Endometriosis is a painful condition that affects roughly 10% (190 million) of women and people born with a uterus globally, causing both physical and psychological discomfort. Although the exact cause is unknown, it occurs when tissue that normally lines the inside of the uterus grows outside of it. However, this is a whole body disease.
This condition can severely impact the quality of life and cause infertility, so it’s important to know the symptoms. It can be difficult to diagnose endometriosis because there are a variety of endometriosis symptoms and every person may not exhibit all (or even any) of them. In this blog, we will explore seven possible signs of endometriosis you should know about.
7 Signs That You May Have Endometriosis
1. Severe Menstrual Cramps
During menstruation, the endometrium-like tissue responds to changes in hormone levels, which can cause severe menstrual cramps. It is normal to have mild to moderate discomfort from cramps during your period, but extremely painful and debilitating cramps are probably a sign that something more is going on.
With endometriosis, menstrual cramps can also sometimes get progressively worse over time. If you regularly suffer from severe menstrual cramps that are bad enough to prevent you from engaging in your normal activities, speak to your doctor.
2. Heavy Menstrual Bleeding
The duration and flow of an average menstrual period are different for every menstruator, so it can be tricky to know what is normal. If you have more frequent or longer-lasting periods with heavy flow, it may be a sign of endometriosis.
Using a menstrual cycle chart to track your menstruation can be very helpful for tracking whether your bleeding is lasting longer than seven days. Other signs that your period is heavier than normal are soaking a pad or tampon in an hour or less, very large blood clots, and very painful cramps.
3. Chronic Pelvic Pain
Pelvic pain is the most common endometriosis symptom. Endometriosis causes tissue that should be limited to the inside of the uterus to grow outside of it, most often in the pelvis. The growth of this tissue leads to chronic inflammation which can cause scar tissue in the form of fibrosis or adhesions in the pelvic area.
This scar tissue can result in chronic pelvic pain that can even be felt in the lower back or as endometriosis thigh pain. If you often experience pelvic pain even when you are not menstruating, see your doctor.
4. Pain During Sexual Intercourse
Pain during sexual intercourse is not normal. Vaginal penetration and movements during sex can pull and stretch endometrial tissue that has grown around the vaginal area. Some people report feeling a sharp, jabbing pain while others describe it as a deep ache. The degree of pain can range from mild to severe and may be felt during sex and up to 48 hours afterwards. If you find sex painful, it’s time to talk to your healthcare provider.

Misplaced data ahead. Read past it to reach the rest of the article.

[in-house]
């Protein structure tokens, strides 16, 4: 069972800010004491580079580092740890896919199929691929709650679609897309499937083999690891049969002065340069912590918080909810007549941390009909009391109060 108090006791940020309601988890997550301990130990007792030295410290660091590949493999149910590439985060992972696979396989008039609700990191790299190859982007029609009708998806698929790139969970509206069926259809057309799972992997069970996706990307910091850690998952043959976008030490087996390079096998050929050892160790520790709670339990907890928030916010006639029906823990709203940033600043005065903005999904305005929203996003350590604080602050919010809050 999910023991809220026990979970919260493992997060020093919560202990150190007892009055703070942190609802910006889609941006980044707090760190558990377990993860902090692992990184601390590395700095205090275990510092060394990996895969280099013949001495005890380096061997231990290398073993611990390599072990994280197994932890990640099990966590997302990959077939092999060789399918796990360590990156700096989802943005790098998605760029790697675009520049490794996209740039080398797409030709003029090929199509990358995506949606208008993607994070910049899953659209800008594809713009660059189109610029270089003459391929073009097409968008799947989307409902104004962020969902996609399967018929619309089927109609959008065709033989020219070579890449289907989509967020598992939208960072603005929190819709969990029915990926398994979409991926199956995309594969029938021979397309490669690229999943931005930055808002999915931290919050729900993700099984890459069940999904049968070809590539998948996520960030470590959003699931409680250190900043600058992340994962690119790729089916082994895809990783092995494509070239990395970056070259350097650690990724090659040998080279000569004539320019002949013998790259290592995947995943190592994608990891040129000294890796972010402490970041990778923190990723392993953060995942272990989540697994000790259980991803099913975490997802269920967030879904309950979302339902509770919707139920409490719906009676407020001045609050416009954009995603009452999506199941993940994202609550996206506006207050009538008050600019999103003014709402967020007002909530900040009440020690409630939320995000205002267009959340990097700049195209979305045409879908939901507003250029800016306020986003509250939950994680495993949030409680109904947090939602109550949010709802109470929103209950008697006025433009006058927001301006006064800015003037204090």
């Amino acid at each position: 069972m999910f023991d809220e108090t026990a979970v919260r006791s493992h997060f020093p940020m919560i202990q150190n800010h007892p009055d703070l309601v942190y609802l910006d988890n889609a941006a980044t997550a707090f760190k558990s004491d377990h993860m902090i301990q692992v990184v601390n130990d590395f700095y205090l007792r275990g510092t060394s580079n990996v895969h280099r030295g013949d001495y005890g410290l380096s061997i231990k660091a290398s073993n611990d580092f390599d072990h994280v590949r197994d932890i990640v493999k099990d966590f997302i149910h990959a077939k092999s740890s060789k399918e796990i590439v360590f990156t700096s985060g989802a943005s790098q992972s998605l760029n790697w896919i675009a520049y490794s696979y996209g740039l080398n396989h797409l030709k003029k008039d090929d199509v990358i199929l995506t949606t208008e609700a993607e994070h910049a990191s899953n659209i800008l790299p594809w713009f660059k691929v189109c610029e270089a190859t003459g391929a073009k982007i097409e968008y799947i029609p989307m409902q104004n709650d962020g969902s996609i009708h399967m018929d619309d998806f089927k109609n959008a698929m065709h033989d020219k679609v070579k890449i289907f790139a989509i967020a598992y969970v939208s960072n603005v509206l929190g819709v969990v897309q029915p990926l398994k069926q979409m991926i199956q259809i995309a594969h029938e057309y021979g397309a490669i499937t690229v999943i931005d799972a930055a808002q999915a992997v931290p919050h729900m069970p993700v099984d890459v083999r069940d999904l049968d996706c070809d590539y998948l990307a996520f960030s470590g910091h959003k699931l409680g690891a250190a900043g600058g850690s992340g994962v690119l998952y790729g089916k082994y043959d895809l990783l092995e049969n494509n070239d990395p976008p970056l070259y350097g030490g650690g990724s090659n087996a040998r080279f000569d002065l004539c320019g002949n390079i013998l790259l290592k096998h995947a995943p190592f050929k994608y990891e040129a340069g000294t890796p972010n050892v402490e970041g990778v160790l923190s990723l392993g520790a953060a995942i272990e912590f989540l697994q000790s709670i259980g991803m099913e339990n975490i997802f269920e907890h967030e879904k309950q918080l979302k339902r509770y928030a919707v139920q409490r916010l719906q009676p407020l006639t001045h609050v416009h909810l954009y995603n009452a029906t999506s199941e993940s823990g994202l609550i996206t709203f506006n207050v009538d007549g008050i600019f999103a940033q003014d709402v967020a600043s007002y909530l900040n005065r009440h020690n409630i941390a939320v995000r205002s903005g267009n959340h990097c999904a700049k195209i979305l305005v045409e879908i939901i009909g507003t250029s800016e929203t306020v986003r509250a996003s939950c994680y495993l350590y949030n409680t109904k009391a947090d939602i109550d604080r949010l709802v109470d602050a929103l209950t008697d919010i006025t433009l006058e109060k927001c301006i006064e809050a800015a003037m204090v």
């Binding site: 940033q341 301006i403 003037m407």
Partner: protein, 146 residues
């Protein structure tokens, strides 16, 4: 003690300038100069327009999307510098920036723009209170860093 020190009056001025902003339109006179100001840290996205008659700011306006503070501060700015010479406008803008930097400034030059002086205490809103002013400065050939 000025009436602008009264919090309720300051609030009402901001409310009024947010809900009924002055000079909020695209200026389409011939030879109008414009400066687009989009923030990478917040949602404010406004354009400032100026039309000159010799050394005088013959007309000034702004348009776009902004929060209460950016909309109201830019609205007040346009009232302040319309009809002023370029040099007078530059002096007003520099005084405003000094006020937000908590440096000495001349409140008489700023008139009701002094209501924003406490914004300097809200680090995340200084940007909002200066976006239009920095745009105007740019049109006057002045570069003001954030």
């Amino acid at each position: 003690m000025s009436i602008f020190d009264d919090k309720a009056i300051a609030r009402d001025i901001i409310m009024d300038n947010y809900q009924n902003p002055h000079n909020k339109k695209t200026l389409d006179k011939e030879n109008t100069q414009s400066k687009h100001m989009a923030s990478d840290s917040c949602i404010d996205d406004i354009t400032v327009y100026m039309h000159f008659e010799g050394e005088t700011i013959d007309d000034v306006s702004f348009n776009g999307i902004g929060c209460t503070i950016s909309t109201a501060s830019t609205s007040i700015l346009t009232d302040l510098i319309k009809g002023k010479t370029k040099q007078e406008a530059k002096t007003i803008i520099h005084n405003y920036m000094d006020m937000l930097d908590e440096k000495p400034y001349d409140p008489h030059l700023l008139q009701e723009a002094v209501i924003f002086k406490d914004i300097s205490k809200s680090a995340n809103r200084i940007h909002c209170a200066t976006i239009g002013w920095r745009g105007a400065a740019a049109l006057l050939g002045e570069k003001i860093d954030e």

5. Digestive Issues or Pain During Bowel Movements
In cases of endometriosis in which endometrium-like tissue has grown in and around the bowels, rectum, or elsewhere in the abdomen, painful bowel movements may occur. Lesions or inflammation of this tissue may manifest as either constipation or diarrhea. It may make pooping painful. Scientifically known as proctalgia fugax from endometriosis, this severe shooting pain can be thought of as endometriosis pain in the anus. In rare cases, you may also notice blood in your stool or urine.
There are many ways that endometriosis can impact fertility. If you have been trying to get pregnant for a long period of time and have not succeeded, infertility due to endometriosis could be the reason. This can be the result of endometrium-like tissue or scar tissue forming on the fallopian tubes or ovaries, distortion and inflammation of the pelvic anatomy, changes in immunity, and more.
Multiple studies have shown that fatigue is a common symptom in people suffering from endometriosis, and it can take a considerable toll on the quality of life. Fatigue as a symptom of endometriosis is also associated with insomnia, depression, pain, and occupational stress. Some people with endometriosis describe their fatigue as feeling like they’ve been tranquillized and feeling too tired to carry out their normal activities.
When to Speak to a Doctor About Diagnosing Endometriosis
If you are experiencing one or more of the above symptoms, it’s essential to speak with your doctor. If you diagnose endometriosis early enough, you can manage the symptoms more effectively through either medication or surgery. Endometriosis diagnosis requires a laparoscopy to confirm the presence of endometriosis tissue, but the first step to advocating for yourself is knowing what to look out for.
Now that you know what the symptoms are, you’re equipped to look out for things that may help diagnose endometriosis so you can get the support you need to manage this condition and live your life to the fullest. Share what you know with your friends and family to spread awareness about endometriosis and narrow the gender pain gap!
Editor: Lanna Last & Thomas Sauls
Scientifically Reviewed By: Mali Meibod
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